Unified Interior Regions

Hawaii

The Pacific Region has nine USGS Science Centers in California, Nevada, and Hawaii. The Regional Office, headquartered in Sacramento, provides Center oversight and support, facilitates internal and external collaborations, and works to further USGS strategic science directions.

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September 26, 2009

Brown plume event within the Halema`uma`u vent cavity

movie shows a brown plume event resulting from a collapse within the Halema`uma`u vent cavity. Later views into the vent cavity with a thermal camera revealed that the floor of the vent cavity—at about 200 yards below the vent rim—had fallen away, deepening the vent cavity even further.

September 17, 2009

Thermal movie showing a view inside the Halema`uma`u vent cavity

movie shows a view into the Halema`uma`u vent cavity with a thermal camera. To the naked eye, the vent is entirely obscured by thick fume, but the thermal camera can 'see' through much of this and provide views of the cavity interior. These views show four puffing holes on the floor of the cavity. North is to the right. The 3:13am explosion originated from one of the

September 17, 2009

Explosion from the vent in Halema`uma`u

An explosion at 3:13am from the vent in Halema`uma`u ejected hot particles about a hundred yards above the vent rim, and several tens of yards above the Halema`uma`u Overlook. This Quicktime movie (shown at x2 speed) shows the event captured by a low-light camera in the HVO observation tower.

Plants at Kahuku unit in Hawai‘i Volcanoes National Park
September 17, 2009

Plants at Kahuku unit in Hawai‘i Volcanoes National Park

A myriad of plants can be seen from above in this photograph taken at the Kahuku Unit of Hawai‘i Volcanoes National Park. Acquired in 2009, the Kahuku Unit of Hawai‘i Volcanoes National Park has been an area that multiple USGS PIERC researchers study in, including Dr. Steven C. Hess who studies invasive

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September 13, 2009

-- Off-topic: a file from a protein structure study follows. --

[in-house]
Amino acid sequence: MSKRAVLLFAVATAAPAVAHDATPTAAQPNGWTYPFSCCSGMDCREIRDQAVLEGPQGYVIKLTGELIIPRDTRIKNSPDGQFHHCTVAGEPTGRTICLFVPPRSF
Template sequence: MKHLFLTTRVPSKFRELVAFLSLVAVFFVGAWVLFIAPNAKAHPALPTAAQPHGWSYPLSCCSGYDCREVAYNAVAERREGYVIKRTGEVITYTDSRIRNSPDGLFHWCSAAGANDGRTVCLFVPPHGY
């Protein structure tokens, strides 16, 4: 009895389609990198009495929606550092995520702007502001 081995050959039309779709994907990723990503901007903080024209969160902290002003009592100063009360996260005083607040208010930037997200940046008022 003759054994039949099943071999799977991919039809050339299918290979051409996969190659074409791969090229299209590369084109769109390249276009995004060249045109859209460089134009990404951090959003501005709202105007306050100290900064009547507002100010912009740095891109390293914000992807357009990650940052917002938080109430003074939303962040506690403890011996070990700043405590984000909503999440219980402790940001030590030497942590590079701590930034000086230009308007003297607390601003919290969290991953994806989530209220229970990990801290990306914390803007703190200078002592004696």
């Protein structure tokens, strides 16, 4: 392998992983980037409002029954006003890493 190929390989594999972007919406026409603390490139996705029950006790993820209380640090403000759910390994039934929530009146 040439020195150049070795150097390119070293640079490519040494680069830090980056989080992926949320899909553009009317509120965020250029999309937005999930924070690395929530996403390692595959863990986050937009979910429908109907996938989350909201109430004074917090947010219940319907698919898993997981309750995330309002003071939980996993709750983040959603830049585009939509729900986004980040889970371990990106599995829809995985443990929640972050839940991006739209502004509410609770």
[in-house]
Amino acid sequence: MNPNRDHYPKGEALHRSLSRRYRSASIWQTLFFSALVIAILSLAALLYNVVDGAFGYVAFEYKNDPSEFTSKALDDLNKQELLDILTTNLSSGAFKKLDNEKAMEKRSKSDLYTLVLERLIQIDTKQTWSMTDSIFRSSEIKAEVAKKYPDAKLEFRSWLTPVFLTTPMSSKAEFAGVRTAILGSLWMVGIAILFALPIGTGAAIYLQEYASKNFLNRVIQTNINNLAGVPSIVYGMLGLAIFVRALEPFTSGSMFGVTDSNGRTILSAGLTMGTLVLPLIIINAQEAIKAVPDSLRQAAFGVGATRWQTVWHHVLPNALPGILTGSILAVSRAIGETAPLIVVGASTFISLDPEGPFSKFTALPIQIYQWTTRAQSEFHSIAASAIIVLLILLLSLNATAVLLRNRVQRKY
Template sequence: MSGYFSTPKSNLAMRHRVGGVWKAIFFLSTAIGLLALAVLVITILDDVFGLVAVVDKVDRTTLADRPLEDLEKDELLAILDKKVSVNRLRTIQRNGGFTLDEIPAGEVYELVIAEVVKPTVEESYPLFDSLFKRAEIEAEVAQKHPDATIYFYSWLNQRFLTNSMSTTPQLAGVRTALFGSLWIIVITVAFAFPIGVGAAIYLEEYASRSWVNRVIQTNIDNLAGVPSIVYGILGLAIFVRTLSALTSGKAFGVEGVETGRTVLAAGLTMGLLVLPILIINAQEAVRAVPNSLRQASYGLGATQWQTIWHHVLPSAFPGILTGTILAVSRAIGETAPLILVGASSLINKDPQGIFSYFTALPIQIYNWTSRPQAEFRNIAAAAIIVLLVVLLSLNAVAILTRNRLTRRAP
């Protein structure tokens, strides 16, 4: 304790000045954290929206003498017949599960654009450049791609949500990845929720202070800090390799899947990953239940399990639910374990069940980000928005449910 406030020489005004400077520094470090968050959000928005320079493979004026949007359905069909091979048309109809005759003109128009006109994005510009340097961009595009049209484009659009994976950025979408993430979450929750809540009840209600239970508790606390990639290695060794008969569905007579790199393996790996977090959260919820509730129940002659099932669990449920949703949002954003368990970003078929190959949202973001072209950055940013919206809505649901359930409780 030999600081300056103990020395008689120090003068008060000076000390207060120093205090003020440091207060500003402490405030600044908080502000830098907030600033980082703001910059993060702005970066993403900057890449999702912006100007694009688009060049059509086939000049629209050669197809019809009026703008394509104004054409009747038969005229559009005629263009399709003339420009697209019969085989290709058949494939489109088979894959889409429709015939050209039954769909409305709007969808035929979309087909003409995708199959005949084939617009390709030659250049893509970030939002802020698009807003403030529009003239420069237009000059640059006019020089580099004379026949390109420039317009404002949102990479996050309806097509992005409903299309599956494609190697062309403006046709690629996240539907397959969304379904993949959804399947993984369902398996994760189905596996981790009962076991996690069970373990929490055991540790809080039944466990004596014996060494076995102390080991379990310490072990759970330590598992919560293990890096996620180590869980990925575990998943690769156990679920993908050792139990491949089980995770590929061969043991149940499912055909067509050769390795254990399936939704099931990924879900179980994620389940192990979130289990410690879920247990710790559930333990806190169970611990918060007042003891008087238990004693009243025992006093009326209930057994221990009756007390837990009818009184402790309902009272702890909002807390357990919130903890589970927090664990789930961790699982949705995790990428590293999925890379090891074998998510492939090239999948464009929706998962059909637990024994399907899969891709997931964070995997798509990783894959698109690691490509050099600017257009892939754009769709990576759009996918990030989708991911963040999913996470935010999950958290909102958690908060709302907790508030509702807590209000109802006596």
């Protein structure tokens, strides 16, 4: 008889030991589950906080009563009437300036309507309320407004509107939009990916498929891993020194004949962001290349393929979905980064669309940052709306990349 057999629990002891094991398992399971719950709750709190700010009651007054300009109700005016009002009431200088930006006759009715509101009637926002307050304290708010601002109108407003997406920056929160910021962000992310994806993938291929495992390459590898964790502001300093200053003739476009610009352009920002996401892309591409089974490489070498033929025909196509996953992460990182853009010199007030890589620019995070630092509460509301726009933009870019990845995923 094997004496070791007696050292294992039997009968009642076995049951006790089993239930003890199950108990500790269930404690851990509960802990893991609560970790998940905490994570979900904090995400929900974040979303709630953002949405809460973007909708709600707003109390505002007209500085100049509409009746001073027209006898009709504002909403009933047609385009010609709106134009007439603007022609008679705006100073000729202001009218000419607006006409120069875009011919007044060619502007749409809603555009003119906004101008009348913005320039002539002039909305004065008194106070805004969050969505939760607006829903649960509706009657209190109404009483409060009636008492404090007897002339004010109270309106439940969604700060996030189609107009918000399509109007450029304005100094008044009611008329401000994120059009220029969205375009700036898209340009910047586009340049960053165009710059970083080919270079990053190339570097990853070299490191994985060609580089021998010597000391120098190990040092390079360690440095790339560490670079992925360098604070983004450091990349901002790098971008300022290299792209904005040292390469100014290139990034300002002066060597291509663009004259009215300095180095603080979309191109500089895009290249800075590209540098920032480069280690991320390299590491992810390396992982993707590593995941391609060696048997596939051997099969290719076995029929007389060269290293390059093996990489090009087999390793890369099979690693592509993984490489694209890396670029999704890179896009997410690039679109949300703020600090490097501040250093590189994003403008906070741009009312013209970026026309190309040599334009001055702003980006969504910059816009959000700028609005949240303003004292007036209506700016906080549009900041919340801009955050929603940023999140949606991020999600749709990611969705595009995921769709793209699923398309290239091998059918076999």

Two degassing holes on the floor of Halema`uma`u

movie shows two degassing holes on the floor of the Halema`uma`u cavity. Lava is just below the rim of the two holes, creating frequent spattering which falls around their rims. Within the larger of the two (on the right), lava can be seen vigorously sloshing. For scale, these openings are about 10 yards wide. The first half of the movie is shown in normal mode, with the

September 9, 2009

Halema`uma`u changing of the typical white to dusty brown plume

movie shows a recent instance of the Halema`uma`u changing from its typical white to a dusty brown. The brown plume events are normally associated with collapses of the cavity walls.

September 3, 2009

Actual speed Quicktime movie showing TEB lava stream through skylight

movie shows a view into the Thanksgiving Eve Breakout (TEB) lava tube, thanks to a skylight (a hole in the roof of the tube). The lava stream, which is about two yards below the skylight, is moving swiftly downhill (the video is shown at actual speed), towards the Waikupanaha ocean entry.

August 10, 2009

Thermal video showing the new gas vent in Halema`uma`u cavity

movie shows the new gas vent which opened yesterday on the floor of the cavity in Halema`uma`u. Following this reawakening, very faint glow was observed last night for the first time since July 4

July 4, 2009